Why wouldn’t they? Statistically speaking, men make up the bulk of surgeons around the world. In medicine, a profession that exists to serve people of all walks of life, that stereotype holds true for surgery and other specialties but also for medical leadership and academic medicine.
For a number of years, at least half of graduating medical students have been female. Despite this, there is still significant under-representation of women. In Australia, just 12 per cent of surgeons are female and, in my specialty, around 5 to 6 per cent of heart and lung surgeons are female around the world. These are figures that we have been trying to change for quite some time because, well, equality is long overdue.Now we are presented with a reason that should send shock waves through the community. Research has consistently demonstrated that after a heart attack, women have worse survival than men. They get the proper treatment only about half the time and are much more likely to die of their disease. It’s a finding that has not been fully explained by medical differences, implying that there are systems or cognitive errors at play.
Today, research has demonstrated that female patients are much more likely to survive a heart attack if their doctor is also female. In fact, they were two to three times more likely to survive if they were cared for by a woman doctor.
This kind of research isn’t new. When we look at medical research, most participants in clinical studies are male. This means that tried and true medical treatment may only be this way for men and not women. However, we see this trend reversed when women researchers are involved.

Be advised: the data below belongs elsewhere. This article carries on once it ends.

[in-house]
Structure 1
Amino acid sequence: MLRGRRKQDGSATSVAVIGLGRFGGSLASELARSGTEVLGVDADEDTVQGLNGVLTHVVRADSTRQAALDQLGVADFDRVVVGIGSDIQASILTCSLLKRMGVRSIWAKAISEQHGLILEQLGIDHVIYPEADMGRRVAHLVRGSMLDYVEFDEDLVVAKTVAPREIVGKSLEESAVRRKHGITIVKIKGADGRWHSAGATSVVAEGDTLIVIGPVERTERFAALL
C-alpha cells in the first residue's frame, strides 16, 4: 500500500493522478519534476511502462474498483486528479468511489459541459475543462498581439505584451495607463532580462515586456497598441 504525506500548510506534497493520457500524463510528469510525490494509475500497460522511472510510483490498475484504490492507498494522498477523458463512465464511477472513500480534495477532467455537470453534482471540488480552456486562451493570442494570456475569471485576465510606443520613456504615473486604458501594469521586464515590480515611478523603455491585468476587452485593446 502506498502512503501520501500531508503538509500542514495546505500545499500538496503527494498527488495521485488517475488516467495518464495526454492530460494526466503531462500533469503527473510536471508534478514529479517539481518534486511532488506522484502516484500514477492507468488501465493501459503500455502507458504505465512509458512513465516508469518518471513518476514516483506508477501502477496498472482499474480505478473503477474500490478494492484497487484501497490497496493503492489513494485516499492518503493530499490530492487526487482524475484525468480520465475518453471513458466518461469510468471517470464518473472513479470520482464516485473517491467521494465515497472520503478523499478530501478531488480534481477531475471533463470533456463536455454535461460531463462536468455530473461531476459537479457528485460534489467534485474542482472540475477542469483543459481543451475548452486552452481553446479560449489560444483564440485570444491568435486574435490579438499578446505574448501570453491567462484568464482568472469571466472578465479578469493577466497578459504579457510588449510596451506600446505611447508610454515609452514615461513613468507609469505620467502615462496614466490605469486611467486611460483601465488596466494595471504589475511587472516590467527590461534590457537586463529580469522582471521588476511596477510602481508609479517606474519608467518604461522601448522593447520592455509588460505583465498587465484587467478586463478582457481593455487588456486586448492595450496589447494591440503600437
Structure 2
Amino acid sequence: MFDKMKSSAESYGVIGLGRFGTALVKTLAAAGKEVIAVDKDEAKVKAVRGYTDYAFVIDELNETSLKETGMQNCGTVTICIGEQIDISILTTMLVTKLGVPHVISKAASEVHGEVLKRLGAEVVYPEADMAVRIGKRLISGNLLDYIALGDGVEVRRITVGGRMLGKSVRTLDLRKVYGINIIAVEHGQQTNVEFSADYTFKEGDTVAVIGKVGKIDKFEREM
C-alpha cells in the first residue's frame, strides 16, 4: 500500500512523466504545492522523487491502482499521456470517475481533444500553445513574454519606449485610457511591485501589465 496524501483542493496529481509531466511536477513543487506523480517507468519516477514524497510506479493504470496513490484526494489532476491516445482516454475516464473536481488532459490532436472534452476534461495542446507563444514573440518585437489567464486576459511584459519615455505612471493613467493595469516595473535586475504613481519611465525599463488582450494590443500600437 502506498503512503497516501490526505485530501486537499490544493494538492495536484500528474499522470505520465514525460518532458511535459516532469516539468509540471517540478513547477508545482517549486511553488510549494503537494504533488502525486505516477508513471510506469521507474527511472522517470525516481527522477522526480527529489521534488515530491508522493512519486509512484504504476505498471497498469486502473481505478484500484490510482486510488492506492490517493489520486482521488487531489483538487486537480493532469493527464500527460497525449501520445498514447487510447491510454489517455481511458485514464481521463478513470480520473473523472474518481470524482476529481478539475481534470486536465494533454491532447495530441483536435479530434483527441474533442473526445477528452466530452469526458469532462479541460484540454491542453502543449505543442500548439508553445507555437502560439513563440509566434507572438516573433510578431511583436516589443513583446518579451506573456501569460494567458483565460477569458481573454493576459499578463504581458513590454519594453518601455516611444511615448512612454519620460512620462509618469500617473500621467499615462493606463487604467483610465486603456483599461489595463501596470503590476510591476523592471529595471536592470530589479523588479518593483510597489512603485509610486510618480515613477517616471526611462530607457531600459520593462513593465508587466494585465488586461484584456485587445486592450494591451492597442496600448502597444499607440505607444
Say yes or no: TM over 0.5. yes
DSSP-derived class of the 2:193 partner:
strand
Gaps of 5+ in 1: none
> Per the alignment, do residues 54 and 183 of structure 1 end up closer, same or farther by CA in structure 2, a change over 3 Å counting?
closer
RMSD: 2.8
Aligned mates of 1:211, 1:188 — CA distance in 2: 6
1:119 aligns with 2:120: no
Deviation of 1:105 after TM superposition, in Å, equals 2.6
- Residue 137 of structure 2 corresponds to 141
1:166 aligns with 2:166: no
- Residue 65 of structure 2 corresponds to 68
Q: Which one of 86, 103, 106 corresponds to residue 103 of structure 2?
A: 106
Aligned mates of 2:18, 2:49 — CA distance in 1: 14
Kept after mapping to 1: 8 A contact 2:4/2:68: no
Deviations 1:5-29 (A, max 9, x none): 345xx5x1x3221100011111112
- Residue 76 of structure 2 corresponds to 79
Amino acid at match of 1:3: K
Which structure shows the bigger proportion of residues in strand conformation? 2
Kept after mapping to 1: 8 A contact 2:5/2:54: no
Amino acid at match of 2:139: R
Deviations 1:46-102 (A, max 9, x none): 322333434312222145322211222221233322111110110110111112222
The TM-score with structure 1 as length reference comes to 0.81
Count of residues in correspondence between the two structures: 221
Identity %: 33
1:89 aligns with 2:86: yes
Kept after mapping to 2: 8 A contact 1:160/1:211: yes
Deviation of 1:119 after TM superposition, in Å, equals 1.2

Women are widely recognised to receive sub-standard care in a number of illnesses. It seems that doctors have a lot of trouble giving credit to a woman’s symptoms and are more likely to diagnose her with a psychological condition or just old-fashioned hysteria. It’s a trend that costs women their lives.
With research such as this, we need to start asking more questions about how gender impacts the health care we receive. And we need to push even harder to make sure we have equal and diverse representation in our health care workers. It seems like it matters to patients, the reasons we exist in our jobs, to have someone who shares something with them. They may be able to relate, to empathise and see past centuries of bias and misconceptions when it comes to women’s health.
With more “lady surgeons”, the women of the world may just finally get the treatment that they deserve.